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In C++ templates, one can specify that a certain type parameter is a default. I.e. unless explicitly specified, it will use type T.

Can this be done or approximated in C#?

I'm looking for something like:

public class MyTemplate<T1, T2=string> {}

So that an instance of the type that doesn't explicitly specify T2:

MyTemplate<int> t = new MyTemplate<int>();

Would be essentially:

MyTemplate<int, string> t = new MyTemplate<int, string>();

Ultimately I am looking at a case wherein there is a template that is fairly widely used, but I am considering expanding with an additional type parameter. I could subclass, I guess, but I was curious if there were other options in this vein.

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3 Answers 3

up vote 25 down vote accepted

Subclassing is the best option.

I would subclass your main generic class:

class BaseGeneric<T,U>

with a specific class

class MyGeneric<T> : BaseGeneric<T, string>

This makes it easy to keep your logic in one place (the base class), but also easy to provide both usage options. Depending on the class, there is probably very little extra work needed to make this happen.

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ah...that makes sense. Is the type name allowed to be the same if the type parameters provide a unique signature? –  automatonic Apr 1 '09 at 23:56
    
@ee: yes, generics are overloadable by parameter count. –  Mehrdad Afshari Apr 1 '09 at 23:56
    
@ee: Yes, but I would be wary of doing that. It is "legal" in .NET to do so, but it can lead to confusion. I would rather have the string derived type's name be similar to the main generic class (so it's obvious what it is/easy to find), but a name that makes it obvious that it's a string. –  Reed Copsey Apr 2 '09 at 0:01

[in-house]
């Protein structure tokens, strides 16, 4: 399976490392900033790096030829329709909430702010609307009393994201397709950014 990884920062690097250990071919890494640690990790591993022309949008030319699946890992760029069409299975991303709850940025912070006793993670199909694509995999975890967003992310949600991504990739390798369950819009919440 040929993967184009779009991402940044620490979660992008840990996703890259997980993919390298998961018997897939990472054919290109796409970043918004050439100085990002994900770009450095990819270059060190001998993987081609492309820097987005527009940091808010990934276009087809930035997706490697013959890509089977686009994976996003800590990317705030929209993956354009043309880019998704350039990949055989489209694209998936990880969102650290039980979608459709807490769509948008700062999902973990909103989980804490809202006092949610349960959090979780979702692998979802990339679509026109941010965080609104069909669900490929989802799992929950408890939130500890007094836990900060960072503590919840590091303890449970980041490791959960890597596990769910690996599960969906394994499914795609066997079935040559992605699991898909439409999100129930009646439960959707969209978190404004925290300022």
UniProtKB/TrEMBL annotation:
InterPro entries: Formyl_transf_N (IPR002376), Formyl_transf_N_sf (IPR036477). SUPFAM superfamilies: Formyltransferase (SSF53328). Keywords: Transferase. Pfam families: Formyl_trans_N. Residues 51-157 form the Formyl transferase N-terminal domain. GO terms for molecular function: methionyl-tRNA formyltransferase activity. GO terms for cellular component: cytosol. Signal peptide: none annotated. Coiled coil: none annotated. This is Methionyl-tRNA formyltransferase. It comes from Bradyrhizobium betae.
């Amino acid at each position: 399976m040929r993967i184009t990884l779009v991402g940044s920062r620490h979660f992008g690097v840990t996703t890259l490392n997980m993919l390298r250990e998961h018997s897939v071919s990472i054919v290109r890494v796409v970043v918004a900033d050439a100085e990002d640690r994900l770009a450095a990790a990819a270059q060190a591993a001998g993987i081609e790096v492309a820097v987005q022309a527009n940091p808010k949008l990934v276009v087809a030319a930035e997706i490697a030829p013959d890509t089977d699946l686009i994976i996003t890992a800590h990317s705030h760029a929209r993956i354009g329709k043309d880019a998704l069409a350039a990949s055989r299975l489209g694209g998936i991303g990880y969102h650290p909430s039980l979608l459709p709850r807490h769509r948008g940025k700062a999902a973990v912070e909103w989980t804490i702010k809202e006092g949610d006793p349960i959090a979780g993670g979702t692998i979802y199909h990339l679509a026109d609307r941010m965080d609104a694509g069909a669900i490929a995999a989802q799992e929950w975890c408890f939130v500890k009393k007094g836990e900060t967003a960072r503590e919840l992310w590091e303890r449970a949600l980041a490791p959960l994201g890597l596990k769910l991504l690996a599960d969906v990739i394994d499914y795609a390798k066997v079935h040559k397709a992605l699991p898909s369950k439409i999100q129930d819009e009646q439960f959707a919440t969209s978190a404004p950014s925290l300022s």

@Reed: Does it really lead to confusion? For this specific case, I think having the same name even helps. There are examples in .NET that do the same thing: Func<> delegate for instance. –  Mehrdad Afshari Apr 2 '09 at 0:05
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For example, Predicate<T> is just Func<T,bool>, but renamed since it's for a different purpose. –  Reed Copsey Apr 2 '09 at 0:17
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C# does not support such a feature.

As you said, you can subclass it (if it's not sealed, and duplicate all constructor declarations) but it's a completely different thing.

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Unfortunately C# does not support what you are trying to do. It would be a difficult feature to implement given that the default type for a parameter would have to adhere to the generic constraints and would most likely create headaches when the CLR tried to ensure type-safety.

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Not really. It could have been done with an attribute (like default parameters in VB.NET) and have the compiler replace it at compile time. The primary reason is C# design goals. –  Mehrdad Afshari Apr 1 '09 at 23:59
    
The compiler has to ensure that the default parameter satisfies the generic constraints. Also the default parameter would be a generic constraint itself because any assumptions made about the type parameter in the method would require that any non-default type parameter inherit from it. –  Andrew Hare Apr 2 '09 at 0:03
    
@Andrew, the default parameter need not be a generic constraint. If this were to behave more like default template parameters in C++ then extending upon automatonic's class it would be perfectly fine do: MyTemplate<int, float> x = null Because T2 has no generic constraints, so float is fine despite the default type of string. In this way default template parameters are essentially just "syntactical sugar" for writing MyTemplate<int> as shorthand for MyTemplate<int, string>. –  Tyler Laing Oct 14 '13 at 21:47
    
@Andrew, I do agree that the C# compiler should verify that such default template parameters satisfy existing generic conststaints. The C# compiler already verifies something similiar in class declarations, e.g. add a generic constraint such as "where U : ISomeInterface" to Reed's BaseGeneric<T,U> class and then MyGeneric<T> will fail to compile with an error. Verifying a default template parameter would be very much the same: compiler verifies upon the declaration of a class and the error message can be the same or very similar. –  Tyler Laing Oct 14 '13 at 21:50
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